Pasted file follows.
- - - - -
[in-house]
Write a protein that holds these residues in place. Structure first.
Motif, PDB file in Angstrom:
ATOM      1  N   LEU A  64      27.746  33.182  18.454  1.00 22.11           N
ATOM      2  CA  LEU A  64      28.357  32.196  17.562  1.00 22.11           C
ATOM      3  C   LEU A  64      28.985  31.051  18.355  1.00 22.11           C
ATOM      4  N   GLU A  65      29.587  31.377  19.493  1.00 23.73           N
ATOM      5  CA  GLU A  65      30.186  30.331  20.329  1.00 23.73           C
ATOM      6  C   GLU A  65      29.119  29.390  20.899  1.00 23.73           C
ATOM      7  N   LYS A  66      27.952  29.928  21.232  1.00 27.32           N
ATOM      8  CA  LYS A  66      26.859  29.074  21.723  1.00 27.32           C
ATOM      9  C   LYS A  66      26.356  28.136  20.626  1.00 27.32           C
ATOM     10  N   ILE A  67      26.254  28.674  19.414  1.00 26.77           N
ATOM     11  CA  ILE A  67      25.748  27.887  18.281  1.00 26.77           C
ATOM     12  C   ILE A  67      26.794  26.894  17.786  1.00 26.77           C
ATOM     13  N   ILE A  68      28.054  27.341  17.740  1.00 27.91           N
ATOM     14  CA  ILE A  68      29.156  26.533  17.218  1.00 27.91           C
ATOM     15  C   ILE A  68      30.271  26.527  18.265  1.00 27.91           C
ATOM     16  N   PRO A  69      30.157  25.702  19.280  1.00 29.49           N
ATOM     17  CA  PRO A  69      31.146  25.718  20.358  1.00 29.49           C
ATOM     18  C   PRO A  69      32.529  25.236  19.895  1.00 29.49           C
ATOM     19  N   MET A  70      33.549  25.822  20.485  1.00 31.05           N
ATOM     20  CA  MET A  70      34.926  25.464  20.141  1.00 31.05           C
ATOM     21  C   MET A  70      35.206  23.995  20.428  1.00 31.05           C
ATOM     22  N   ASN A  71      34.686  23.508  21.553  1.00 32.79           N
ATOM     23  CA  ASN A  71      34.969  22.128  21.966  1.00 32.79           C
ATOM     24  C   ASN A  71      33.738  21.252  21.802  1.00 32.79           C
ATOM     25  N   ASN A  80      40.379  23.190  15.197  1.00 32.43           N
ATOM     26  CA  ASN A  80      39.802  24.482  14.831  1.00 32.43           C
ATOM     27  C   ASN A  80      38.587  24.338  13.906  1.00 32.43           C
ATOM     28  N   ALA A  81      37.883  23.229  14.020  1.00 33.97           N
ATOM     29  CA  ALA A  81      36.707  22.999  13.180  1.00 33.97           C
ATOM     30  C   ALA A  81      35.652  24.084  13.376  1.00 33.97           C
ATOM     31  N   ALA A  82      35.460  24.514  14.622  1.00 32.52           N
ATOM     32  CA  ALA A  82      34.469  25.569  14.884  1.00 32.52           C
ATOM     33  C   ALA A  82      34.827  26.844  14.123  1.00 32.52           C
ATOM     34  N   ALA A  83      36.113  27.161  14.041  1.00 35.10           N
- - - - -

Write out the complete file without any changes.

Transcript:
[in-house]
Write a protein that holds these residues in place. Structure first.
Motif, PDB file in Angstrom:
ATOM      1  N   LEU A  64      27.746  33.182  18.454  1.00 22.11           N
ATOM      2  CA  LEU A  64      28.357  32.196  17.562  1.00 22.11           C
ATOM      3  C   LEU A  64      28.985  31.051  18.355  1.00 22.11           C
ATOM      4  N   GLU A  65      29.587  31.377  19.493  1.00 23.73           N
ATOM      5  CA  GLU A  65      30.186  30.331  20.329  1.00 23.73           C
ATOM      6  C   GLU A  65      29.119  29.390  20.899  1.00 23.73           C
ATOM      7  N   LYS A  66      27.952  29.928  21.232  1.00 27.32           N
ATOM      8  CA  LYS A  66      26.859  29.074  21.723  1.00 27.32           C
ATOM      9  C   LYS A  66      26.356  28.136  20.626  1.00 27.32           C
ATOM     10  N   ILE A  67      26.254  28.674  19.414  1.00 26.77           N
ATOM     11  CA  ILE A  67      25.748  27.887  18.281  1.00 26.77           C
ATOM     12  C   ILE A  67      26.794  26.894  17.786  1.00 26.77           C
ATOM     13  N   ILE A  68      28.054  27.341  17.740  1.00 27.91           N
ATOM     14  CA  ILE A  68      29.156  26.533  17.218  1.00 27.91           C
ATOM     15  C   ILE A  68      30.271  26.527  18.265  1.00 27.91           C
ATOM     16  N   PRO A  69      30.157  25.702  19.280  1.00 29.49           N
ATOM     17  CA  PRO A  69      31.146  25.718  20.358  1.00 29.49           C
ATOM     18  C   PRO A  69      32.529  25.236  19.895  1.00 29.49           C
ATOM     19  N   MET A  70      33.549  25.822  20.485  1.00 31.05           N
ATOM     20  CA  MET A  70      34.926  25.464  20.141  1.00 31.05           C
ATOM     21  C   MET A  70      35.206  23.995  20.428  1.00 31.05           C
ATOM     22  N   ASN A  71      34.686  23.508  21.553  1.00 32.79           N
ATOM     23  CA  ASN A  71      34.969  22.128  21.966  1.00 32.79           C
ATOM     24  C   ASN A  71      33.738  21.252  21.802  1.00 32.79           C
ATOM     25  N   ASN A  80      40.379  23.190  15.197  1.00 32.43           N
ATOM     26  CA  ASN A  80      39.802  24.482  14.831  1.00 32.43           C
ATOM     27  C   ASN A  80      38.587  24.338  13.906  1.00 32.43           C
ATOM     28  N   ALA A  81      37.883  23.229  14.020  1.00 33.97           N
ATOM     29  CA  ALA A  81      36.707  22.999  13.180  1.00 33.97           C
ATOM     30  C   ALA A  81      35.652  24.084  13.376  1.00 33.97           C
ATOM     31  N   ALA A  82      35.460  24.514  14.622  1.00 32.52           N
ATOM     32  CA  ALA A  82      34.469  25.569  14.884  1.00 32.52           C
ATOM     33  C   ALA A  82      34.827  26.844  14.123  1.00 32.52           C
ATOM     34  N   ALA A  83      36.113  27.161  14.041  1.00 35.10           N